In Chicago, the distribution of mortgage and small business lending is shaped in part by race and place. Disparities in lending in Chicago have been well documented, with mortgage and small business loan originations more readily flowing to predominantly white neighborhoods that have high average incomes, widening gaps in capital access for households of color and households with low and moderate incomes.
This report builds upon work exploring national trends in neighborhood-level lending by quantifying mortgage and small business lending relative to consumer demand by race and neighborhood location and demographics in Chicago’s communities. In addition, we provide a qualitative analysis of the challenges and needs among communities of color and communities with low incomes addressed in interviews with five Chicago community organizations and lenders engaged in community development financing, small business and housing programs, and grantmaking.
WHY THIS MATTERS
Disparities in lending affect the financial well-being of individual people and households and the economic resilience of broader communities. Limited capital, wealth, and financial security constrains community members’ abilities to invest in their own futures and contribute to their local economy and tax base.
One of the primary efforts in reducing disparities in access to financial service provision is the Community Reinvestment Act (CRA). Passed in 1977 and revised in 1995, the CRA was intended to remedy America’s history of redlining and other racist lending practices. In 2021, Illinois passed legislation to become the fourth state with a state-wide CRA. Around the same time, the three federal CRA regulators released a joint proposed update to national CRA rules. The criteria set in state and national regulations will influence the behavior of lenders, and as legislators modernize the rules, it is important to document the nuances of lending disparities in the status quo.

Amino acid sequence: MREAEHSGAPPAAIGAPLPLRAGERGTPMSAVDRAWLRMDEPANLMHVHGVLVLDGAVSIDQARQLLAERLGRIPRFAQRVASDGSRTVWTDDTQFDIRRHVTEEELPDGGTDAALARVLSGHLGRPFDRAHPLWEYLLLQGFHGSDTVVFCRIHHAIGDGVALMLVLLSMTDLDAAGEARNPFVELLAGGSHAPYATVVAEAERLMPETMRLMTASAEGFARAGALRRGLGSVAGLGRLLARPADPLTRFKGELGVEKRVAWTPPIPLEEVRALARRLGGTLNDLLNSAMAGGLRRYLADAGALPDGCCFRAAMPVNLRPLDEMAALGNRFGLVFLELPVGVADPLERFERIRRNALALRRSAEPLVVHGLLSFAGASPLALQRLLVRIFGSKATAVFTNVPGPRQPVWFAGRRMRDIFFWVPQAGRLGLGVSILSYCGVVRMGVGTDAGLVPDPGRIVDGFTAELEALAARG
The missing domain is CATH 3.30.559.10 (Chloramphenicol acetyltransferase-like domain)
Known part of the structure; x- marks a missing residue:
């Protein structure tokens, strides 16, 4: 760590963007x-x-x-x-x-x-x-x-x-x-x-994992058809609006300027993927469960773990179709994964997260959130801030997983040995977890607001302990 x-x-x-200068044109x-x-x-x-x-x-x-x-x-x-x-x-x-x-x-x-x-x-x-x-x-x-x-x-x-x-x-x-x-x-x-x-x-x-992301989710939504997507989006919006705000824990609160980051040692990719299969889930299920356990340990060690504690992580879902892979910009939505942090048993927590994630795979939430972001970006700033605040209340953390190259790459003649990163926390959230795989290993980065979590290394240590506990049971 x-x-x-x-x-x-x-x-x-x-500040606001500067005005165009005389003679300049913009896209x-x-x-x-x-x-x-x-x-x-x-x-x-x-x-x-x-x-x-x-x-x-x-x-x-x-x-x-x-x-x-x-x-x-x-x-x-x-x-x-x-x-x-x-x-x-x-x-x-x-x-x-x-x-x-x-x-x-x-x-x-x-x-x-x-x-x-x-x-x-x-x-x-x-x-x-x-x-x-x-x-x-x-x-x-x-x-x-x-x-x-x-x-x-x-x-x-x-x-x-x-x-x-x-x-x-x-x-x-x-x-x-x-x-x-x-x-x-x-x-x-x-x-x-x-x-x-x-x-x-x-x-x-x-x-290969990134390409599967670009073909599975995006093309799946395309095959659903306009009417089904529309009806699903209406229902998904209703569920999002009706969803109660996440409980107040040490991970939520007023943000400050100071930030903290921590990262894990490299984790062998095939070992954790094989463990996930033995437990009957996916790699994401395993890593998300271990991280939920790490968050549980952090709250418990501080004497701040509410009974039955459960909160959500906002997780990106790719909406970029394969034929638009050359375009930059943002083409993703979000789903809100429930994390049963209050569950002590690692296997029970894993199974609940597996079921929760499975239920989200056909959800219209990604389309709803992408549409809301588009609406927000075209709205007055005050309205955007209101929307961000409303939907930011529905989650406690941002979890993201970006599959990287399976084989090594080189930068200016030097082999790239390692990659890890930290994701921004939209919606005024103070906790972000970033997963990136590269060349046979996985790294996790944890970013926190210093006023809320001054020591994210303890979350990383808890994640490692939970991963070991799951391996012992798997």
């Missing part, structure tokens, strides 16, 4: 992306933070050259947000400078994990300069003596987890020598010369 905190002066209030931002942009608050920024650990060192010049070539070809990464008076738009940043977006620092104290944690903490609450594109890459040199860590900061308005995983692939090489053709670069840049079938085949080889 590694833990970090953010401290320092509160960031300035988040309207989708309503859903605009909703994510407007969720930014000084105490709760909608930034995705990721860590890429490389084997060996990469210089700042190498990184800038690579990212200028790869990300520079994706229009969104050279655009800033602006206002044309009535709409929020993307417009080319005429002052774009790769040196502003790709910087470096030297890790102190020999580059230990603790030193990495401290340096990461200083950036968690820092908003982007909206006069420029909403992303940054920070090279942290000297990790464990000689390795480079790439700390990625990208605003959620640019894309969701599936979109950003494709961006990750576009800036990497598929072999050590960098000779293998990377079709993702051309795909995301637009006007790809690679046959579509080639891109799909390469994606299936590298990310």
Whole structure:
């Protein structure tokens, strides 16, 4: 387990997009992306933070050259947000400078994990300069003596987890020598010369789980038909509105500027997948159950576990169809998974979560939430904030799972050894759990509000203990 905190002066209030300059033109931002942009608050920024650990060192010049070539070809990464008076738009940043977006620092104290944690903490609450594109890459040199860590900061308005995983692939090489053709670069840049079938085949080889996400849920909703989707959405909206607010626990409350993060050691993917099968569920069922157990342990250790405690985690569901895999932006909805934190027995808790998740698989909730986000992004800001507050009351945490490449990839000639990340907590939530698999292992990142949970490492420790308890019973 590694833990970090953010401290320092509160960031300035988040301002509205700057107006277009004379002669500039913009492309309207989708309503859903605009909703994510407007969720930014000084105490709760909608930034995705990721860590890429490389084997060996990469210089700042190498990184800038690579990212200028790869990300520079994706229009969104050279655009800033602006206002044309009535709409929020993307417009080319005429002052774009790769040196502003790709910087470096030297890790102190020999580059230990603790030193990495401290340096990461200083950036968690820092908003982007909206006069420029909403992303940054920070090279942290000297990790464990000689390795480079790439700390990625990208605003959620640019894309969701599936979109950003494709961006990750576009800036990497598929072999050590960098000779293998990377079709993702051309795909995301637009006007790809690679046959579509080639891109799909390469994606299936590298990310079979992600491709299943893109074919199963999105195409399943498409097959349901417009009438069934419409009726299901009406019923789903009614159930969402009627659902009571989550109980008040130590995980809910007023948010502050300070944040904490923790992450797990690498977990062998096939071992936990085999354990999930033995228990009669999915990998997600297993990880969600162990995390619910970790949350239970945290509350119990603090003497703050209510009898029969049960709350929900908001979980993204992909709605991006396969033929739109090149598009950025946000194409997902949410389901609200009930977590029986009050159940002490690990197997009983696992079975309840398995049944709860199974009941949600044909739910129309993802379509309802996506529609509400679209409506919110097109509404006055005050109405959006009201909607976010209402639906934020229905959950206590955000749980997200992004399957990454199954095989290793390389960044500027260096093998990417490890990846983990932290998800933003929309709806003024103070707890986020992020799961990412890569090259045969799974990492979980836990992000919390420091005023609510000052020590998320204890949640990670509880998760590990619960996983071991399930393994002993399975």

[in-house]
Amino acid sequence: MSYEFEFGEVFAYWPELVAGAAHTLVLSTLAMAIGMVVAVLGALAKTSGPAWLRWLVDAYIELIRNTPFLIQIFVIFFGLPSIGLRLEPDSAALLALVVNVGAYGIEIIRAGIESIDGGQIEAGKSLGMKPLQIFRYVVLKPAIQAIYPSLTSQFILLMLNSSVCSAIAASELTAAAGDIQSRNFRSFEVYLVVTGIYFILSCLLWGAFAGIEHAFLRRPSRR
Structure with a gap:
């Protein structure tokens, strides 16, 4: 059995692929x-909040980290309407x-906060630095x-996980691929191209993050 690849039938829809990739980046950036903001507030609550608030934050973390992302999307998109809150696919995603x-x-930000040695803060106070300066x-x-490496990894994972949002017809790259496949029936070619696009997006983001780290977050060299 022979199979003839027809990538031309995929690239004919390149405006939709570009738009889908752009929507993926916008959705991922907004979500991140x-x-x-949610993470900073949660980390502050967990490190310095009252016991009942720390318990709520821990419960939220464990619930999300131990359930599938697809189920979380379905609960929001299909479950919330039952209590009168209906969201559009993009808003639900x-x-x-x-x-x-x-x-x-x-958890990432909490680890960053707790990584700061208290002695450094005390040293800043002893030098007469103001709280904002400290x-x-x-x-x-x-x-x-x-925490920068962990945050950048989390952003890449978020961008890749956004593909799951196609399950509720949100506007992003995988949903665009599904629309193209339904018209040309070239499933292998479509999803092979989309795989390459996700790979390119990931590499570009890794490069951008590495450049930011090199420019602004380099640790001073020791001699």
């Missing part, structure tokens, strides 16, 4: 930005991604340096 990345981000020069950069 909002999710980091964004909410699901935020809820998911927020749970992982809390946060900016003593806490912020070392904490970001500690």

- Mortgage lending in Chicago’s predominantly nonwhite neighborhoods, 28.0 percent of all lending in the city, is not keeping up with the share of homeowners that these areas represent (36.4 percent). The implication is that predominantly nonwhite neighborhoods are falling further behind in accessing homeownership.
- Racial differences in lending are being largely driven by disparate service to Black households, as they make up 22 percent of Chicago’s homeowners but receive only 14.5 percent of purchase mortgage lending.
- Low- and moderate-income (LMI) neighborhoods (home to 47.2 percent of homeowners) and middle-income neighborhoods (home to 20.1 percent of owners) in Chicago both receive mortgage lending disproportionate to their share of homeowners (39.6 percent and 18.4 percent, respectively). This disparity in LMI and middle-income areas is driven entirely by lending gaps in predominantly nonwhite areas, as demographically mixed neighborhoods and predominantly white neighborhoods at these income levels receive lending greater than their homeowner share.
Small business lending
- Originations of small business loans in Chicago’s predominantly nonwhite neighborhoods (25.2 percent of all lending in the city) are lagging the share of active businesses in these areas (28.3 percent of all active businesses).
- In Chicago’s low-income neighborhoods, 68.9 percent of active businesses work in predominantly nonwhite areas, but lenders originated only 56.4 percent of loans to small businesses inside those areas. In middle-income areas, the gap is starker: 16.7 percent of businesses are in predominantly nonwhite areas, but only 9.4 percent of loans to small businesses were originated in these areas.
- Expanding community reinvestment coverage to banks that have a large lending presence but no physical branches would provide a significant boost to the share of lending evaluated in low-income neighborhoods in Chicago.
We offer concluding remarks on the implications of these results for ongoing CRA regulatory updates. The data we assembled for this analysis are available for download from the Urban Institute Data Catalog. We provide lending and demographic variables aggregated at both the census tract and community area levels.